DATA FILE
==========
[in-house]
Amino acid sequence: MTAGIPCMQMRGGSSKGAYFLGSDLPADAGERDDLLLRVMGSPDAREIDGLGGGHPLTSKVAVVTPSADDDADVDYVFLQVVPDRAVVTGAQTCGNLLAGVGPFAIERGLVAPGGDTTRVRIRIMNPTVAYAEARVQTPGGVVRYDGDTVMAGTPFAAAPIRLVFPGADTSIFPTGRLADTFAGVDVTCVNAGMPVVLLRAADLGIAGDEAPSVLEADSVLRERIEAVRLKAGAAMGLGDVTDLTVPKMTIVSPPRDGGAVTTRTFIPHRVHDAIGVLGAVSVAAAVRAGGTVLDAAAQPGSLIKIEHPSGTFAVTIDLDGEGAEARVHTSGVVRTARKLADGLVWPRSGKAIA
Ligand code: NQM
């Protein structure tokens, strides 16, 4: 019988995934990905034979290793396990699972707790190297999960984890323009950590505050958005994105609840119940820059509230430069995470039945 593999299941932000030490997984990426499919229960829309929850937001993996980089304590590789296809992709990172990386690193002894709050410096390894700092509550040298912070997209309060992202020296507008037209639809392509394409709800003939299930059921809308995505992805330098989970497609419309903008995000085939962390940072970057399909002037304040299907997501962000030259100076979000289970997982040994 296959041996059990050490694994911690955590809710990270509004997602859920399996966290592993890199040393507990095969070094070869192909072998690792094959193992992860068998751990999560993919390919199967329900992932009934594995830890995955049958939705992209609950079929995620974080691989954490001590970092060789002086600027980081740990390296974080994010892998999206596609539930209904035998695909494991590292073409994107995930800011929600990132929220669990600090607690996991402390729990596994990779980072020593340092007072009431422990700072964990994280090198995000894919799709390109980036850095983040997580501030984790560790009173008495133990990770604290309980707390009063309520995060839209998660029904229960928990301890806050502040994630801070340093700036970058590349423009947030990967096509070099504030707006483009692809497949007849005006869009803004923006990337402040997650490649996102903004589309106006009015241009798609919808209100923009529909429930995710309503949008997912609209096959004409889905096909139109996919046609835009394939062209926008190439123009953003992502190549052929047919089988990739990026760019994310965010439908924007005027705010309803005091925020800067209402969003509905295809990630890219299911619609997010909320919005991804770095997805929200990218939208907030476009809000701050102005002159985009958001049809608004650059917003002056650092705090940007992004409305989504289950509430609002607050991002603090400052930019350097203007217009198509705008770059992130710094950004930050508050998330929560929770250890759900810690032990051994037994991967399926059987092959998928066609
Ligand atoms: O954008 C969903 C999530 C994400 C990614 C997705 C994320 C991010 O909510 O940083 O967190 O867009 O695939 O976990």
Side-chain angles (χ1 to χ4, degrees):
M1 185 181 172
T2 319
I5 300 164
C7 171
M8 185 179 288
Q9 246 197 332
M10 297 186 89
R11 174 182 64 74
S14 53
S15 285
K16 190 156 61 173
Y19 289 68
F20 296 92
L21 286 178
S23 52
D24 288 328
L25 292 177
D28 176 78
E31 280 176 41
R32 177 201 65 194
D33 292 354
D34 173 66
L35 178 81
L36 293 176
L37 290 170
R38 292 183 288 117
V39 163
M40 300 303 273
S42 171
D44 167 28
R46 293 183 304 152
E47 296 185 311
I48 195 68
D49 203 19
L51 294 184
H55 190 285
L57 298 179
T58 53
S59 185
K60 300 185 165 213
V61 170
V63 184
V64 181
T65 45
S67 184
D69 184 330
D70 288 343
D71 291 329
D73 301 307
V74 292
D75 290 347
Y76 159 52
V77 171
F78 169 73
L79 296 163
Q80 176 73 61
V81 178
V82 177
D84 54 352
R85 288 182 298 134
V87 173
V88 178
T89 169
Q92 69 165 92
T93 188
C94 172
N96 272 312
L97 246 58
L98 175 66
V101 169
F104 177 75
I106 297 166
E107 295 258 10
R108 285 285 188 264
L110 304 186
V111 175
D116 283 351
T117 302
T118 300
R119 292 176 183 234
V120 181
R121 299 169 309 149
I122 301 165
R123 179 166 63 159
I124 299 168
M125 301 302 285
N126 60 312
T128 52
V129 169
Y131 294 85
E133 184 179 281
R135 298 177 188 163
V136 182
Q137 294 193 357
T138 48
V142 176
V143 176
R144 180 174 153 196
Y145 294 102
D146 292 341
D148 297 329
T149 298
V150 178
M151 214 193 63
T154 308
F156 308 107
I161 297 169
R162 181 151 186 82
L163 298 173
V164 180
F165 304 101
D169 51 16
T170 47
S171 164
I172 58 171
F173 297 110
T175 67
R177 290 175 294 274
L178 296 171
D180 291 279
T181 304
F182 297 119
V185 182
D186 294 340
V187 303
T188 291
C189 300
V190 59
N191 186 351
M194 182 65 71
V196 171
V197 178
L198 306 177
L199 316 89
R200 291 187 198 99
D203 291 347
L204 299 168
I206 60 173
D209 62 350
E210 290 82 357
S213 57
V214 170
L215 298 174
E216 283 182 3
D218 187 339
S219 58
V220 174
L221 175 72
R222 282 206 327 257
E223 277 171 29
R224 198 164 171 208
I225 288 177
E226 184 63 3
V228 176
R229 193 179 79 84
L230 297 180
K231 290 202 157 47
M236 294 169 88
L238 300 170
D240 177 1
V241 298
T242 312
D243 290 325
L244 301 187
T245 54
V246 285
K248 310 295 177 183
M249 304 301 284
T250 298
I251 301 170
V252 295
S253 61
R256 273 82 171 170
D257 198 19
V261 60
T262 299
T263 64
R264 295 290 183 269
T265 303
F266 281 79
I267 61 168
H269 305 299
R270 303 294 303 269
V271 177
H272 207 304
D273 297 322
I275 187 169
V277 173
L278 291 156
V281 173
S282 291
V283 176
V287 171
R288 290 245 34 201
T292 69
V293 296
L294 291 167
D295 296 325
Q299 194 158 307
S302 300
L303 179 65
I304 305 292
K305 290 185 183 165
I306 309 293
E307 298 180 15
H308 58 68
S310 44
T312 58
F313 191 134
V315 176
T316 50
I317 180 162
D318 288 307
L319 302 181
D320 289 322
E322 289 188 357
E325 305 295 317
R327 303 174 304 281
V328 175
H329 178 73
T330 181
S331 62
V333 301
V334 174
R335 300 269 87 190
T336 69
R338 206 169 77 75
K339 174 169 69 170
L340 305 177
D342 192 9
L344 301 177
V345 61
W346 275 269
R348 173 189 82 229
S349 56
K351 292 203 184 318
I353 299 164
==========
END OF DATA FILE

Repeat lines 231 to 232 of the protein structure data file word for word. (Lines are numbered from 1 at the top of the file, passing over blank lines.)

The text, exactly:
R335 300 269 87 190
T336 69